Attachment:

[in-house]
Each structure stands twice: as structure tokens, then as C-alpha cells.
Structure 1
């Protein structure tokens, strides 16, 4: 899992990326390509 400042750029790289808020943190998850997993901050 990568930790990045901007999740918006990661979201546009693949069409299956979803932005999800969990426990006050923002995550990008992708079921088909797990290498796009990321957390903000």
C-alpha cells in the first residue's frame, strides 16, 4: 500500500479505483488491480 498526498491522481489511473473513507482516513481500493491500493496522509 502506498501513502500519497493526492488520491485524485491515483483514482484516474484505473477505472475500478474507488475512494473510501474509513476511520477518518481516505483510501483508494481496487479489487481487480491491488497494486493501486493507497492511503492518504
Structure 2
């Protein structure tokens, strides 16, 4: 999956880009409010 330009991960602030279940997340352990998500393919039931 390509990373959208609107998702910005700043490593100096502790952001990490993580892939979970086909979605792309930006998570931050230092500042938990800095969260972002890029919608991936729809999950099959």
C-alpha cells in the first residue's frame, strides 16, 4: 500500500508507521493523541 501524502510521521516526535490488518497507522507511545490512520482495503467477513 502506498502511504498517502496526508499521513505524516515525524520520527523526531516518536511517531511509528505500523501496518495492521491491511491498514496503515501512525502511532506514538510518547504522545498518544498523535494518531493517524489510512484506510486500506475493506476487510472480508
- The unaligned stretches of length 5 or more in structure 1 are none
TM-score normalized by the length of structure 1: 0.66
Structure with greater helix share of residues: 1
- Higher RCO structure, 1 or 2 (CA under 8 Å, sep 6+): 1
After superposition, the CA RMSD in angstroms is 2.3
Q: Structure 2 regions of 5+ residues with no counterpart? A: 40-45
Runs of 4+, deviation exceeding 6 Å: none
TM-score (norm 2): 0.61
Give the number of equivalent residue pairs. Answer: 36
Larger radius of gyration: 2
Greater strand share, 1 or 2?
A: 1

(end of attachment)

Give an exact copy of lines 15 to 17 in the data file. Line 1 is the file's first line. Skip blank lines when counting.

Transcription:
Runs of 4+, deviation exceeding 6 Å: none
TM-score (norm 2): 0.61
Give the number of equivalent residue pairs. Answer: 36